Wednesday, July 25, 2012

TFH 7/25: Second Lieutenant Robert S. Williams, USMC

Yesterday, I blogged about Lance Corporal Richard A. Pittman, Medal of Honor recipient from the 1st Platoon, Company I, 3rd Battalion, 5th Marine Regiment, 1st Marine Division during Operation Hastings on July 24, 1966.

Along with Lance Corporal Ned E. Seath (Navy Cross) and Captain Robert J. Modrzejewski (Medal of Honor), Pittman was the third Hastings hero I've honored here recently. Today, we have a fourth Marine from the battle: Second Lieutenant Robert S. Williams, Pittman's platoon leader. His heroism during July 24-25, 1966 saw him awarded the Navy Cross.

From Military Times Hall of Valor:

The President of the United States of America takes pleasure in presenting the Navy Cross to First Lieutenant [then Second Lieutenant] Robert S. Williams (MCSN: 0-92019), United States Marine Corps, for extraordinary heroism as Platoon Commander, First Platoon, Company I, Third Battalion, Fifth Marines, FIRST Marine Division (Reinforced), Fleet Marine Force, in the Cam Lo District, Republic of Vietnam on 24 and 25 July 1966. As Company I moved onto Hill 362, First Lieutenant Williams' platoon overran the forward security elements of an estimated battalion of the North Vietnamese Army. While in conflict with the security elements the Second Platoon bypassed the First Platoon and came under devastating preplanned fire by the enemy's main force, suffering many casualties. Realizing the graveness of the situation and being constantly exposed to intense enemy fire, First Lieutenant Williams led his platoon in the same frontal assault. Inspired by his courageous leadership and apparent calm in the face of overwhelming odds, the First Platoon gained the time and terrain to cover the rescue of the Second Platoon's wounded. When the numerically stronger force counterattacked, First Lieutenant Williams took command of the two platoons and formed them into a right perimeter for a better defense. Fearing that wounded had been left behind, he went out of the perimeter alone to search for them. There were bursts of automatic weapons fire, and the covering force began receiving withering assault fire from the advancing enemy. Artillery fire was called in to within seventy-five yards of the forward positions to avoid being completely overrun. Returning to the perimeter, First Lieutenant Williams emerged from the tall grass and reported he could not find any more wounded. Throughout the remainder of that day and the next, First Lieutenant Williams, constantly exposed to enemy fire, moved from position to position encouraging his men and directing their fire. Then early in the evening of 24 July, being too engrossed in his duties to seek cover, he was painfully wounded in the leg by a mortar attack; but he refused treatment until his troops had been cared for and continued moving from position to position bolstering morale and the fighting efficiency of his unit. First Lieutenant Williams' extreme valor, undying devotion to duty, and initiative at the risk of his own life, saved the lives of many Marines and upheld the highest traditions of the Marine Corps and the United States Naval Service.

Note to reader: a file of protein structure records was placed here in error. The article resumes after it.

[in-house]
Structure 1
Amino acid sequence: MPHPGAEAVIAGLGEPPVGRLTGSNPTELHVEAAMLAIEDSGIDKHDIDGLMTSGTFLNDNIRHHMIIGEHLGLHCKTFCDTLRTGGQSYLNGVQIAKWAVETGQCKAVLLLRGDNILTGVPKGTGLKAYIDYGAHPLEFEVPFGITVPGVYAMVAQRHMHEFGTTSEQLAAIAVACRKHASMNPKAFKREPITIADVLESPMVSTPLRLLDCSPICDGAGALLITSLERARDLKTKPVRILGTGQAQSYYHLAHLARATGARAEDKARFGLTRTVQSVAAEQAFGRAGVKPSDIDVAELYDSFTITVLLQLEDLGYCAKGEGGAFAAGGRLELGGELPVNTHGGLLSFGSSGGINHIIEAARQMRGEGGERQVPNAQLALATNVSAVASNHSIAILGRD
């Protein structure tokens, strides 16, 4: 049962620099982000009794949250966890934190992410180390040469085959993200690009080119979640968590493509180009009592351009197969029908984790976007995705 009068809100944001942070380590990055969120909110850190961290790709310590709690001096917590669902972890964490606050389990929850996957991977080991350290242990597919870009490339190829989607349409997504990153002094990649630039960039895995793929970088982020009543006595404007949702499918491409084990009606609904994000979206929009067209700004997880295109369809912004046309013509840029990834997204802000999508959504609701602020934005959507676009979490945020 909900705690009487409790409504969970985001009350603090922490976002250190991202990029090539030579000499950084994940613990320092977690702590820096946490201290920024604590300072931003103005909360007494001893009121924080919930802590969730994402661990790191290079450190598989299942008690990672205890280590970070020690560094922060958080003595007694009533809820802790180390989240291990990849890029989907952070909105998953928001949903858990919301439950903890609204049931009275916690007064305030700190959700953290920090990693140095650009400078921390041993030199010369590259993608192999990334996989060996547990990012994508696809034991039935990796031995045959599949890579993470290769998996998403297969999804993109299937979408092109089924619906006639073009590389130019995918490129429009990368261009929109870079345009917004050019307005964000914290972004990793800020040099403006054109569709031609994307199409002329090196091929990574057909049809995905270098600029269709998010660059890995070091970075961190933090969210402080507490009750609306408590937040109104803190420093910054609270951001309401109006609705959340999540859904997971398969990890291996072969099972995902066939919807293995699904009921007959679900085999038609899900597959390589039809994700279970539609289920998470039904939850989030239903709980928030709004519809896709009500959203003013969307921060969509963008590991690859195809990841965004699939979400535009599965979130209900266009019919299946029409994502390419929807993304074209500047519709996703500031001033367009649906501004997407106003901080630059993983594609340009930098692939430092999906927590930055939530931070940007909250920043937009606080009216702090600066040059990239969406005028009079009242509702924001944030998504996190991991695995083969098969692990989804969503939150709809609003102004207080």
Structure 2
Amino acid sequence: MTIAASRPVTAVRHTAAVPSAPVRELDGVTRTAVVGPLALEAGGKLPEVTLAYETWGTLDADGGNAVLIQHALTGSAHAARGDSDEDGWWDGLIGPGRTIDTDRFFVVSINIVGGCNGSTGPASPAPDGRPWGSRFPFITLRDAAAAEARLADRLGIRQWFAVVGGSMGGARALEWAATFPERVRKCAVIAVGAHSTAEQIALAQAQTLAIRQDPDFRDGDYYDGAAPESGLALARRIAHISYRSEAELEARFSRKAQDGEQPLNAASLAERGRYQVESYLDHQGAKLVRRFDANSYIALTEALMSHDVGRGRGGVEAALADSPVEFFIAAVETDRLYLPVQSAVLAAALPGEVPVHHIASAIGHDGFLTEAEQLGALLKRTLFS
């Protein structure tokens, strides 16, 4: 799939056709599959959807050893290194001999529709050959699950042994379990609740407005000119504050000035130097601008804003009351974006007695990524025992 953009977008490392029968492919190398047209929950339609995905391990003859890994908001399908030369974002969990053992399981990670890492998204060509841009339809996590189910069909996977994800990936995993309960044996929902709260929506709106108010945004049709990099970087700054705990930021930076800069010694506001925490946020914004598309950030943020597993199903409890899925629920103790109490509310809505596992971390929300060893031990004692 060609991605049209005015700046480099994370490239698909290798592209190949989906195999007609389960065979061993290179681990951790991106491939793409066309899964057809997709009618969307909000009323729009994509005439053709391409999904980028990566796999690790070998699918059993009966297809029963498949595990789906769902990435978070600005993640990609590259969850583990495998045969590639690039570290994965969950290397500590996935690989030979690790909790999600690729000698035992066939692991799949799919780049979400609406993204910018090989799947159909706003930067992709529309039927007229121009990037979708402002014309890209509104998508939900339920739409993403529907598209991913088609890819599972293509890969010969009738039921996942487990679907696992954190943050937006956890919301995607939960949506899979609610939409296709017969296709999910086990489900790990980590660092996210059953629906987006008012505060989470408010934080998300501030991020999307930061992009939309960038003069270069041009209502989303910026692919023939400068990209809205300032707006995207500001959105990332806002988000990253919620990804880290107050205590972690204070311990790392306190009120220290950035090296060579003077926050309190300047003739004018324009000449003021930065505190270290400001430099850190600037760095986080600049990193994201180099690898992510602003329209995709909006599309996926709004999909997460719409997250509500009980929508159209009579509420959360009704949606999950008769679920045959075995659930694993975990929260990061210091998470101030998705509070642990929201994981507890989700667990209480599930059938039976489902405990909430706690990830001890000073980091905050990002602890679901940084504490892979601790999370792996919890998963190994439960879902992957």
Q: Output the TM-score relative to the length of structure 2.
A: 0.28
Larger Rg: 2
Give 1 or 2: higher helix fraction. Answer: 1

Having no information to the contrary, I believe Lieutenant Williams to still be living.

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